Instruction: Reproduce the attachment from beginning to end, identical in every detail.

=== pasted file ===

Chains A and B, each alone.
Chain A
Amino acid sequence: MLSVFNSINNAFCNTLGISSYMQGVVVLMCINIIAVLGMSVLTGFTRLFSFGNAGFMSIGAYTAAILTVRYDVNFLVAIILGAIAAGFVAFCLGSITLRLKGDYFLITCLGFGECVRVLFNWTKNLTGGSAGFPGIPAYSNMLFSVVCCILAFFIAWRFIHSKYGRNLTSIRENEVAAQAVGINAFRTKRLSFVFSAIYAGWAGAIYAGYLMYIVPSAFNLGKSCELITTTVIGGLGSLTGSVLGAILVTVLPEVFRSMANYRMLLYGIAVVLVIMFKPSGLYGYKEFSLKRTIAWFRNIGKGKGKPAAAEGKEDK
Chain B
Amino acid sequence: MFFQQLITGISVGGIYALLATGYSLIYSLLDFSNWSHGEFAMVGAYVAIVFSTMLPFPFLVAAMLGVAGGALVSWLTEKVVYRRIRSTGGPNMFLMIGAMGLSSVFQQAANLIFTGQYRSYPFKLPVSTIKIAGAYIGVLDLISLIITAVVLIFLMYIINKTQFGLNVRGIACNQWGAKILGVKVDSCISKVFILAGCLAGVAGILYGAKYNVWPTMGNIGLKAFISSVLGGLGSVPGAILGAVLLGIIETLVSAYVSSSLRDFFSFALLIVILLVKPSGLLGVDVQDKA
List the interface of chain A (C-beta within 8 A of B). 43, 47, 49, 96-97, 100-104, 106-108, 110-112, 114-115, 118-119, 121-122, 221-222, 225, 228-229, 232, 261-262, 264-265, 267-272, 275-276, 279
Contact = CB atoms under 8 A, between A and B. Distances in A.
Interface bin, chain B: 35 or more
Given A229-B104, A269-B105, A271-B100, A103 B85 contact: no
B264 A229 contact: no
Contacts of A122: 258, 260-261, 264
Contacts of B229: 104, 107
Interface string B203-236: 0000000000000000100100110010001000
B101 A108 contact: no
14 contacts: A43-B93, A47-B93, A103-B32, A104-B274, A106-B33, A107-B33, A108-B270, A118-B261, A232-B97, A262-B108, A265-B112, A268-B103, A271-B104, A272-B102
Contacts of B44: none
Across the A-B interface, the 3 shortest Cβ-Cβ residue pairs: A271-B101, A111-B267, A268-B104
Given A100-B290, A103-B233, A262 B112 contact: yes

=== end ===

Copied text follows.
Chains A and B, each alone.
Chain A
Amino acid sequence: MLSVFNSINNAFCNTLGISSYMQGVVVLMCINIIAVLGMSVLTGFTRLFSFGNAGFMSIGAYTAAILTVRYDVNFLVAIILGAIAAGFVAFCLGSITLRLKGDYFLITCLGFGECVRVLFNWTKNLTGGSAGFPGIPAYSNMLFSVVCCILAFFIAWRFIHSKYGRNLTSIRENEVAAQAVGINAFRTKRLSFVFSAIYAGWAGAIYAGYLMYIVPSAFNLGKSCELITTTVIGGLGSLTGSVLGAILVTVLPEVFRSMANYRMLLYGIAVVLVIMFKPSGLYGYKEFSLKRTIAWFRNIGKGKGKPAAAEGKEDK
Chain B
Amino acid sequence: MFFQQLITGISVGGIYALLATGYSLIYSLLDFSNWSHGEFAMVGAYVAIVFSTMLPFPFLVAAMLGVAGGALVSWLTEKVVYRRIRSTGGPNMFLMIGAMGLSSVFQQAANLIFTGQYRSYPFKLPVSTIKIAGAYIGVLDLISLIITAVVLIFLMYIINKTQFGLNVRGIACNQWGAKILGVKVDSCISKVFILAGCLAGVAGILYGAKYNVWPTMGNIGLKAFISSVLGGLGSVPGAILGAVLLGIIETLVSAYVSSSLRDFFSFALLIVILLVKPSGLLGVDVQDKA
List the interface of chain A (C-beta within 8 A of B). 43, 47, 49, 96-97, 100-104, 106-108, 110-112, 114-115, 118-119, 121-122, 221-222, 225, 228-229, 232, 261-262, 264-265, 267-272, 275-276, 279
Contact = CB atoms under 8 A, between A and B. Distances in A.
Interface bin, chain B: 35 or more
Given A229-B104, A269-B105, A271-B100, A103 B85 contact: no
B264 A229 contact: no
Contacts of A122: 258, 260-261, 264
Contacts of B229: 104, 107
Interface string B203-236: 0000000000000000100100110010001000
B101 A108 contact: no
14 contacts: A43-B93, A47-B93, A103-B32, A104-B274, A106-B33, A107-B33, A108-B270, A118-B261, A232-B97, A262-B108, A265-B112, A268-B103, A271-B104, A272-B102
Contacts of B44: none
Across the A-B interface, the 3 shortest Cβ-Cβ residue pairs: A271-B101, A111-B267, A268-B104
Given A100-B290, A103-B233, A262 B112 contact: yes